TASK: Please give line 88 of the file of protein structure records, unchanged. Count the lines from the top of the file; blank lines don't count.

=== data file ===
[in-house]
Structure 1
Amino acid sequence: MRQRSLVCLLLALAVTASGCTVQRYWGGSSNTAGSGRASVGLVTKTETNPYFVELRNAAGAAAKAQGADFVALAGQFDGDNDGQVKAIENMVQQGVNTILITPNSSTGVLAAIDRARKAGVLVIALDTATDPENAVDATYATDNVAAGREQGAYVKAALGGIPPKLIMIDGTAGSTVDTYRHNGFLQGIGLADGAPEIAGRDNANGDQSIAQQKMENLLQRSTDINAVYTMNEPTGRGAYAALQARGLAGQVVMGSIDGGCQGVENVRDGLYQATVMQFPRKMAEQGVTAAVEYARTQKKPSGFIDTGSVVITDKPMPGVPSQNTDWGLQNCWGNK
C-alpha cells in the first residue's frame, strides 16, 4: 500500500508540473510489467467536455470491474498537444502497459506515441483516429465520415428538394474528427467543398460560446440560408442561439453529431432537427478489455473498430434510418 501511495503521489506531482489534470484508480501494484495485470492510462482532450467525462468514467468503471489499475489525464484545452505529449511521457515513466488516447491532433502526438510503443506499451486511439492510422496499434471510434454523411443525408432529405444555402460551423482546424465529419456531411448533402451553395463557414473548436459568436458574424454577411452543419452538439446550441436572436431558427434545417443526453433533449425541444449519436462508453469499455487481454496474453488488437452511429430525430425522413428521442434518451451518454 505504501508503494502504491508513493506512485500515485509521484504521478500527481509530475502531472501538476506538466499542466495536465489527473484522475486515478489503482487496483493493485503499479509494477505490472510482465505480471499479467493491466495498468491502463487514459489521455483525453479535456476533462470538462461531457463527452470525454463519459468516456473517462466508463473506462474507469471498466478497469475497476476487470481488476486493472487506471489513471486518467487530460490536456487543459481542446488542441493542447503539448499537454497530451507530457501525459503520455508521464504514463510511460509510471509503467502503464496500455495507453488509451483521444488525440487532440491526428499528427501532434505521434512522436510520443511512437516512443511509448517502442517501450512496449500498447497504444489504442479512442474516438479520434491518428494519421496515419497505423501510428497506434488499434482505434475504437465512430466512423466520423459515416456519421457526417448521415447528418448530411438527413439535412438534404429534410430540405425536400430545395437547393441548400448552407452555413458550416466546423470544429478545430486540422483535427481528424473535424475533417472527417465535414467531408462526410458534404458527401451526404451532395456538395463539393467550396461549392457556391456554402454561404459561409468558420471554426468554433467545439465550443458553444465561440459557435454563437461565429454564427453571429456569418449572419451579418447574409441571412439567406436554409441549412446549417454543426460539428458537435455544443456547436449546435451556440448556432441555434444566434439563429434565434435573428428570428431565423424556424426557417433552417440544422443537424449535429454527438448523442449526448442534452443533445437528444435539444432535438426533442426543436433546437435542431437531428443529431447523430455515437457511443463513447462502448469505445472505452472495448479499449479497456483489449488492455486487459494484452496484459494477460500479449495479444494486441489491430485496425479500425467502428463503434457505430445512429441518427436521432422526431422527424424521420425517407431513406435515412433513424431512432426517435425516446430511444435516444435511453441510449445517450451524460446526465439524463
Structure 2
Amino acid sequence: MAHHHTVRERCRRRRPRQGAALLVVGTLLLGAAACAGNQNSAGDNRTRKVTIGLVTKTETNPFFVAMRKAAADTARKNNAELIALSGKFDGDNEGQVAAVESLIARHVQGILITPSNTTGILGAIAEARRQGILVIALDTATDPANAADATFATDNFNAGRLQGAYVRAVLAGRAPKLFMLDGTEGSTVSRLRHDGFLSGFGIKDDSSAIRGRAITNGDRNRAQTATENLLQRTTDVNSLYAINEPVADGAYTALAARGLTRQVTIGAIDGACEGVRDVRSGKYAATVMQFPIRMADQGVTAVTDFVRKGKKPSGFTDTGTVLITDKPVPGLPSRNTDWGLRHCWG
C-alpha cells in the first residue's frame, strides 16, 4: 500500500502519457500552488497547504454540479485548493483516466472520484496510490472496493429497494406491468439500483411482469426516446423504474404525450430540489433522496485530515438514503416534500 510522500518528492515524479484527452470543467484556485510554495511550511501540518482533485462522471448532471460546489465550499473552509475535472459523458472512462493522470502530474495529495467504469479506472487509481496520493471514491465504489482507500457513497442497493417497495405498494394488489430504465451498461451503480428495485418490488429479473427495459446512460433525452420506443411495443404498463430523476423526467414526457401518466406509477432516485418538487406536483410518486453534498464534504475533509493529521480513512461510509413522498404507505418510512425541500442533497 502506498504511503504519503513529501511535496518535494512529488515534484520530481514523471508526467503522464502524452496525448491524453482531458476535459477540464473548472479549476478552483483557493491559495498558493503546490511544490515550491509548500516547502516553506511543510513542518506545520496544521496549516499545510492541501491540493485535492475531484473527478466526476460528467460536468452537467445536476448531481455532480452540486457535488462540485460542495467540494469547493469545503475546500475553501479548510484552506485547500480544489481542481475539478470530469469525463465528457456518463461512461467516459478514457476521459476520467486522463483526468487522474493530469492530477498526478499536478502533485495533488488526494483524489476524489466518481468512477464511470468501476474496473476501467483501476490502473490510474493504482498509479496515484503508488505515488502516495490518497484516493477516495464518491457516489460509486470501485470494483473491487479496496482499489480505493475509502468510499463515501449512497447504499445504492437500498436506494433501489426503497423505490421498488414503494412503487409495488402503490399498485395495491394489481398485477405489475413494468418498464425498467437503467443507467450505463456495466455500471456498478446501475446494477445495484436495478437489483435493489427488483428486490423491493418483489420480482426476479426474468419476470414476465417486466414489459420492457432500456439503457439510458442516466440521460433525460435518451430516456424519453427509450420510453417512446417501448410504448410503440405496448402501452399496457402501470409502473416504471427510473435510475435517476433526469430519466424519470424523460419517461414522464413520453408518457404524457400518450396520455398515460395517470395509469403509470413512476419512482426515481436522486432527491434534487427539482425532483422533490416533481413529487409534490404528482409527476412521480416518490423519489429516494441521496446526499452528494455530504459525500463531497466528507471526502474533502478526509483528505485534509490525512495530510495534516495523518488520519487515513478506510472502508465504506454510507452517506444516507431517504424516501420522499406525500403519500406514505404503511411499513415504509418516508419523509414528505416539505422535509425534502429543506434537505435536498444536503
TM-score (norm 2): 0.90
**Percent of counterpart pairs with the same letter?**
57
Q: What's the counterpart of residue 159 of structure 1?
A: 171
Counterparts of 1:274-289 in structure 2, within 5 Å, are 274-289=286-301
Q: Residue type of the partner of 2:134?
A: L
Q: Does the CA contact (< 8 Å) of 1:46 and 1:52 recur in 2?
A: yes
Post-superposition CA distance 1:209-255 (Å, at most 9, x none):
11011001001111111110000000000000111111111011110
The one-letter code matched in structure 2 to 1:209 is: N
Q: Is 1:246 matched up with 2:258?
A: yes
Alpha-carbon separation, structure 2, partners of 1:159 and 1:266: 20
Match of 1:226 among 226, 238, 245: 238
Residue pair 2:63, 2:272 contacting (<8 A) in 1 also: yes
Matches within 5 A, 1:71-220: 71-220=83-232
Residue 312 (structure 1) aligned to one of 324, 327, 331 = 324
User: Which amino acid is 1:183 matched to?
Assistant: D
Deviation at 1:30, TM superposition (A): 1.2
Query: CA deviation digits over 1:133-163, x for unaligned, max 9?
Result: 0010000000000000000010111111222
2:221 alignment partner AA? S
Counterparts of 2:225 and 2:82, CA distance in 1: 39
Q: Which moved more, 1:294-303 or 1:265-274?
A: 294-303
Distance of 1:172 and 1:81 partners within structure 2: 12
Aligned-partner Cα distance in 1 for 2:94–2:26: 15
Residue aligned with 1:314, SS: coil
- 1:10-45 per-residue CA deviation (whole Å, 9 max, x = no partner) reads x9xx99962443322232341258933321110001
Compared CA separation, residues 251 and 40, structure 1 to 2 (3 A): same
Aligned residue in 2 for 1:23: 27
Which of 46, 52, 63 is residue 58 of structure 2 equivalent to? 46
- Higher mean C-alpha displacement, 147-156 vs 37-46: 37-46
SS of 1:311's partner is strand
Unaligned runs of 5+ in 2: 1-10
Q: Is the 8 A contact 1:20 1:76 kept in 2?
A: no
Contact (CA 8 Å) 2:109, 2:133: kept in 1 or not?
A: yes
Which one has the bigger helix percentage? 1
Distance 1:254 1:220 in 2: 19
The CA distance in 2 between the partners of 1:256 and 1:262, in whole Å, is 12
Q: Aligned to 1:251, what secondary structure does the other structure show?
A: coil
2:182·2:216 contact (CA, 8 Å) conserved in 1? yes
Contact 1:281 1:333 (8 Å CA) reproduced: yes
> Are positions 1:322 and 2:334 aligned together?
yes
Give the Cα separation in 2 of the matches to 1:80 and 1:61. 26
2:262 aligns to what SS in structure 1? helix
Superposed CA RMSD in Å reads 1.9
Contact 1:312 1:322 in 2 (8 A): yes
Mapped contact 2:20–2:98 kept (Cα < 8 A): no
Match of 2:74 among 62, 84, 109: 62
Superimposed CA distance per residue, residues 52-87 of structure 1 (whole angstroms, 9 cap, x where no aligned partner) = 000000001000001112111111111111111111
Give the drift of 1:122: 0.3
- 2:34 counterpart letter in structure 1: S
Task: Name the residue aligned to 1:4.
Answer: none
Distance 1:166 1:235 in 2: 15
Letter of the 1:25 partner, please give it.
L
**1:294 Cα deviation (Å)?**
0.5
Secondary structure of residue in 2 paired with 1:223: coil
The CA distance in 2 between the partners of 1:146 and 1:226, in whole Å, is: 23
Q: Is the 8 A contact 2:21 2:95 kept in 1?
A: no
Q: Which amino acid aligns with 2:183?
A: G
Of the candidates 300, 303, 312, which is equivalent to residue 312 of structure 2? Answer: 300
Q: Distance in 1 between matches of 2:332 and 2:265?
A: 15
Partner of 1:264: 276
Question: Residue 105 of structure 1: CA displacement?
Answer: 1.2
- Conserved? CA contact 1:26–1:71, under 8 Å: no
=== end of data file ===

- Conserved? CA contact 1:26–1:71, under 8 Å: no